Jeremy Corbyn said today he will instruct Labour MPs to vote for article 50 when it comes before parliament.
A handful of Labour MPs had been considering voting against article 50 in the Commons. Some, who mostly represent remain constituencies, voted against the process of beginning Brexit, in defiance of the party leadership – although there is no guarantee would maintain that stance.
The supreme court has heard an appeal from the government on whether it needs to consult parliament and a verdict is due on Tuesday.
Corbyn stopped short of saying whether he would impose a three line whip, which means anyone voting against the leader’s line could be subject to disciplinary measures.
When asked by Sky News if he would put the vote under the whip, he replied: “It is very clear. The referendum made a decision that Britain was to leave the European Union. It was not to destroy jobs or living standards or communities but it was to leave the European Union and to have a different relationship in the future. I’ve made it very clear the Labour party accepts and respects the decision of the British people. We will not block article 50.”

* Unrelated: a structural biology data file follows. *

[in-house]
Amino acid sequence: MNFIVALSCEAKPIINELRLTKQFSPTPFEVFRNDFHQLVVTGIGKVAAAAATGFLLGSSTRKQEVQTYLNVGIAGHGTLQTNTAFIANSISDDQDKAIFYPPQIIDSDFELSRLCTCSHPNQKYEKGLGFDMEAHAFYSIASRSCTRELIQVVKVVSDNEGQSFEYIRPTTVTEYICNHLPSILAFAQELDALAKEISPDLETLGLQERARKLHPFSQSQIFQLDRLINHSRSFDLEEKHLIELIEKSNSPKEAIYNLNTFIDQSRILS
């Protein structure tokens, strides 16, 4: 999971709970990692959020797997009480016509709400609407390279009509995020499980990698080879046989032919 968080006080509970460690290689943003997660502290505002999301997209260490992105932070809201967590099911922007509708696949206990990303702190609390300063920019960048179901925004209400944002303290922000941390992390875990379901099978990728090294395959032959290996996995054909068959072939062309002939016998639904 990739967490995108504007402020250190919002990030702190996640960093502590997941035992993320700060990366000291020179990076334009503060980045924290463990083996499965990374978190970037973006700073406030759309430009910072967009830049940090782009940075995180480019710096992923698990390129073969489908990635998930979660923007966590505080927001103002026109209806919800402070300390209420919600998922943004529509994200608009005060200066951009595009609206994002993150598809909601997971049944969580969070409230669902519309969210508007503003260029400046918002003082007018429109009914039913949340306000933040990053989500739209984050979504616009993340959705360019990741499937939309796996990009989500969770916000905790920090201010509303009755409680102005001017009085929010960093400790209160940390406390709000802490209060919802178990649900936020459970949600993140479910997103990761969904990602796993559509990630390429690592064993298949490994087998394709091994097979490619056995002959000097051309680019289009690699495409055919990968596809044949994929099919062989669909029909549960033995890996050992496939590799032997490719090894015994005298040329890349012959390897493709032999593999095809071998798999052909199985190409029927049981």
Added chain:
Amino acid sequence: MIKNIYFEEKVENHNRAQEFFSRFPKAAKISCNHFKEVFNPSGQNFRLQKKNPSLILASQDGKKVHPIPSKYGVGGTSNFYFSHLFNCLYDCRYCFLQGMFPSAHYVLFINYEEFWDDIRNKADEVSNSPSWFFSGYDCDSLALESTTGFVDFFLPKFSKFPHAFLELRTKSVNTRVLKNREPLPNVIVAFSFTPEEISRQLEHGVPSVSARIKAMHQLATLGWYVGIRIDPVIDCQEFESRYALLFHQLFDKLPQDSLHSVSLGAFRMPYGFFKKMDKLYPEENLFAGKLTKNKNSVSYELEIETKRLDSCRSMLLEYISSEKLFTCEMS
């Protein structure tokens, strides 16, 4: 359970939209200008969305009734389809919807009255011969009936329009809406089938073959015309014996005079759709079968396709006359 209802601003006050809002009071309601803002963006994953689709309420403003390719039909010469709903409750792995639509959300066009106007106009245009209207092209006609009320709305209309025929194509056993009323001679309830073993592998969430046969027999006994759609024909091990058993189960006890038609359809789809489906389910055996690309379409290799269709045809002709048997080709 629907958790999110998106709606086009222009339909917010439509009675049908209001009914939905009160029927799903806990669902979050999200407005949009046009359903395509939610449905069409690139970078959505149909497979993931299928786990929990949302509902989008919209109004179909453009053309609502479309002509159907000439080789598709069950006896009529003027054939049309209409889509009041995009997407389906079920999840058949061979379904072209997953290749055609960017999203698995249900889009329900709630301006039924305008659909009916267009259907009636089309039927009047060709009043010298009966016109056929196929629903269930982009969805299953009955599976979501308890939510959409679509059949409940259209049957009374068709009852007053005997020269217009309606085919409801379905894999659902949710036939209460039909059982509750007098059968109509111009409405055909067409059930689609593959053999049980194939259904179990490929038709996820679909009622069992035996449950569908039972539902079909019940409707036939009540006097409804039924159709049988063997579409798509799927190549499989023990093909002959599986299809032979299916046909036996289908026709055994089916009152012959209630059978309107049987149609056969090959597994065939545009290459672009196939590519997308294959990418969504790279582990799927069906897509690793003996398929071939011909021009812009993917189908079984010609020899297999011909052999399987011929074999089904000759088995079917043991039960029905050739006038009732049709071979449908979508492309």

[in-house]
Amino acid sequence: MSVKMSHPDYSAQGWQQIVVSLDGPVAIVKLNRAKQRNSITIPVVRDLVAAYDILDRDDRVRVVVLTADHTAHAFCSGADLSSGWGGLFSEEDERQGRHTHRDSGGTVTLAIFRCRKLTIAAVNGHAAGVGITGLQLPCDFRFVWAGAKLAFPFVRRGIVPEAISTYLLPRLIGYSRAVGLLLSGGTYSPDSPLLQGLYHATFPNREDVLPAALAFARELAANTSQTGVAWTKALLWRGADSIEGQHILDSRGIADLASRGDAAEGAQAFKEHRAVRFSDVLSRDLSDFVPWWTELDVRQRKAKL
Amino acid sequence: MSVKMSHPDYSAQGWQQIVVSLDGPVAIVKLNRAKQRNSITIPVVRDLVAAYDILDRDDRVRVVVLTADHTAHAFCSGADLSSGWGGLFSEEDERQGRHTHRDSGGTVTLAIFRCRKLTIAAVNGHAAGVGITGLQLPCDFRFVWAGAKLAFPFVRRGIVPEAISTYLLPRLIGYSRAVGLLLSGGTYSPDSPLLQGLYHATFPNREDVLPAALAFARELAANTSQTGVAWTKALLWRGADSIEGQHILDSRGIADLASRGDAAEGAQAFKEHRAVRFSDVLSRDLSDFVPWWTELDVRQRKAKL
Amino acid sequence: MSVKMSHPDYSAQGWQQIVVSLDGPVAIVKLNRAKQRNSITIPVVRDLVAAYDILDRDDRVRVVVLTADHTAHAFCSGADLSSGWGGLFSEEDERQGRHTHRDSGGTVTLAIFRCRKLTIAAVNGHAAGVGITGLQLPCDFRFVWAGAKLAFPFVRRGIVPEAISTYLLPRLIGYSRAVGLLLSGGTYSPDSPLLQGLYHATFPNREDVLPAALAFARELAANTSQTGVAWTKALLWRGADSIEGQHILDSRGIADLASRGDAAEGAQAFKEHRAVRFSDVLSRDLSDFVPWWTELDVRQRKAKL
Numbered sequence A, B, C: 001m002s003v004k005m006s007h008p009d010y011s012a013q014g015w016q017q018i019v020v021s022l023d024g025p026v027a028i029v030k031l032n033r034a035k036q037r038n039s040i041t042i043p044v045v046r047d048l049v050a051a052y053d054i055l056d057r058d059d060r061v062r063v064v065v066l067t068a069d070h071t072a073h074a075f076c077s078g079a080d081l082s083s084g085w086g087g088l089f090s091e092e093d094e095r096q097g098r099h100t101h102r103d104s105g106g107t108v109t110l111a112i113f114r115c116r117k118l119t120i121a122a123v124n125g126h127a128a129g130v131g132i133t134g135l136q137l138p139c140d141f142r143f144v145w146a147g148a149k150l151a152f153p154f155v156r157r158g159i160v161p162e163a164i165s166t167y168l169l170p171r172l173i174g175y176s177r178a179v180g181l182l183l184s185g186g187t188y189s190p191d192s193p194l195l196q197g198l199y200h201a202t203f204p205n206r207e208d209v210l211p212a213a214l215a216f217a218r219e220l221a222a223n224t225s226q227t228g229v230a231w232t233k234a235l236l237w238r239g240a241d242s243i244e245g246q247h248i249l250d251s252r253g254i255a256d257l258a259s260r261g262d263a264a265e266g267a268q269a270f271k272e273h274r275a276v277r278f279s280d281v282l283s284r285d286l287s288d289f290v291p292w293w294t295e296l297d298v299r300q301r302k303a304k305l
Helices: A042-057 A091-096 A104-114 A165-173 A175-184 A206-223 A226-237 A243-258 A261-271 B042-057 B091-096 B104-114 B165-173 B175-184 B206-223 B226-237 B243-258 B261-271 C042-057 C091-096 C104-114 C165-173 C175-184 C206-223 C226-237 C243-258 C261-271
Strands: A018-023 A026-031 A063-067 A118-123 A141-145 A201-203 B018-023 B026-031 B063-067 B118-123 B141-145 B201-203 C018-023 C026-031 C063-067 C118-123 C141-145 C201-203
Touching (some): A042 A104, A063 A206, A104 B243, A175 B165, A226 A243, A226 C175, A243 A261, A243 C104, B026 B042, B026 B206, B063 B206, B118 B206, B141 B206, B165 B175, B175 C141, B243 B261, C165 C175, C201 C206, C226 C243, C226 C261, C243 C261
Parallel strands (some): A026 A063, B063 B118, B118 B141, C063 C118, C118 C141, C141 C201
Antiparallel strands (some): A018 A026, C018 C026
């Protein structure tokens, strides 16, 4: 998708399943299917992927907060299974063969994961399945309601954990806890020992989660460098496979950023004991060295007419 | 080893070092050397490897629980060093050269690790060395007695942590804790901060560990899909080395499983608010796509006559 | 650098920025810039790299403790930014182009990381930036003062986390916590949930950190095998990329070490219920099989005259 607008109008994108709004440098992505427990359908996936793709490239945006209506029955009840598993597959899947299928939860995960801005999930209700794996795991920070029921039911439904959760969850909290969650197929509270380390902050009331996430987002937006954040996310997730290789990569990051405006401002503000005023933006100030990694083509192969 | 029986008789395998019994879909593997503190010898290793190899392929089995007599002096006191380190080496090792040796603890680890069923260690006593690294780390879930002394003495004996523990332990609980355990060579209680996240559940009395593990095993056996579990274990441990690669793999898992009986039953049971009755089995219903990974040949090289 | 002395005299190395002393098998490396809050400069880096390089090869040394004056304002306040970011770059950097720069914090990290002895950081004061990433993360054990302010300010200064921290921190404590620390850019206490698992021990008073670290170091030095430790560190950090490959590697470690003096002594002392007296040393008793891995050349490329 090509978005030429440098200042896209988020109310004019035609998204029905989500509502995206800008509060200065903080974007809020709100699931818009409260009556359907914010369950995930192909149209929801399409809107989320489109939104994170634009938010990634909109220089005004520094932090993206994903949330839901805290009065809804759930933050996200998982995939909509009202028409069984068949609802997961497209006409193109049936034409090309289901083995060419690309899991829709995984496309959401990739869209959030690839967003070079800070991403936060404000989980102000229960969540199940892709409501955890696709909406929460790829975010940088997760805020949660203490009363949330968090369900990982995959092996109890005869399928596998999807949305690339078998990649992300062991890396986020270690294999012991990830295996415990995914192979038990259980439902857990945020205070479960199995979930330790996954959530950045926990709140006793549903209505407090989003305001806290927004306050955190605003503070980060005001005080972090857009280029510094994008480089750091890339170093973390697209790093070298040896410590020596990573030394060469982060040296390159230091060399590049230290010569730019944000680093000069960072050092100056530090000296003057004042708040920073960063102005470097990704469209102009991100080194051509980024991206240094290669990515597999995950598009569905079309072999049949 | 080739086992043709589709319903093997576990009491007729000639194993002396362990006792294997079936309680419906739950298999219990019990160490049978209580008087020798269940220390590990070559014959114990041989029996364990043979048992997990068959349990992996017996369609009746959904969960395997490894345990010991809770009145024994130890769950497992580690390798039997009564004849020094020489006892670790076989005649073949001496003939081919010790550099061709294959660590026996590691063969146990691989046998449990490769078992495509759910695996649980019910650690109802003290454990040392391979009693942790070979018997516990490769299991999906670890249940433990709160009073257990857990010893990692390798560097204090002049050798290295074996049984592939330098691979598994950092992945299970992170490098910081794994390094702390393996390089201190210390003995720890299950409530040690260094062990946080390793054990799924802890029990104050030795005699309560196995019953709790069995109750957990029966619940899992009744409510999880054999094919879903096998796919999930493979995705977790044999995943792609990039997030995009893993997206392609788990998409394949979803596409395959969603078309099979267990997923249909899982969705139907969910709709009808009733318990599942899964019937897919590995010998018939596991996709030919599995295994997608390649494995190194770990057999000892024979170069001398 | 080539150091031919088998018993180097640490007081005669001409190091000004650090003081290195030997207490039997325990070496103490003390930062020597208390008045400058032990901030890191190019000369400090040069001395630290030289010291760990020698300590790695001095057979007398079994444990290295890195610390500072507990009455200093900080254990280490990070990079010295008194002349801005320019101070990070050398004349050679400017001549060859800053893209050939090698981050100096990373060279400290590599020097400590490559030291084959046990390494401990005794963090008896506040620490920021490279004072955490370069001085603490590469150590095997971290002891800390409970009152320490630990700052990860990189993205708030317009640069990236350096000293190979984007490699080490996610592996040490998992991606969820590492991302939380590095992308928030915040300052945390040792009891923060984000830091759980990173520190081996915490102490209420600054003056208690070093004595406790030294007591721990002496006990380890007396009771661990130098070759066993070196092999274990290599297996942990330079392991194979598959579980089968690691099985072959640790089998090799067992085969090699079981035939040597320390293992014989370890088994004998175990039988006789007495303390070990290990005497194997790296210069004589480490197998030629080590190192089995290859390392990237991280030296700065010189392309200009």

When pressed further, he said: “It means that Labour MPs will be asked to vote in that direction next week, or whenever the vote comes up.”
This comes an Ipsos MORI poll for the London Evening Standard showed a poor public verdict on Corbyn’s performance. Some 61 per cent are dissatisfied and 26 satisfied, giving a net approval rating of minus 35 per cent, the survey said. Theresa May had a plus 6 point approval rating.
The same polling puts the Conservative’s 12 points ahead on Westminster voting intention, where they could expect 43 per cent support to Labour’s 31 per cent.
Overall the Tories had a 12-point lead over Labour on voting intention with the Opposition on 31 per cent.
When asked about Labour’s polling situation, he said: “We’re putting the case out there for social justice, we’re putting the case out there for investment in the NHS and dealing with the social care crisis. The government seems more interested in cutting expenditure”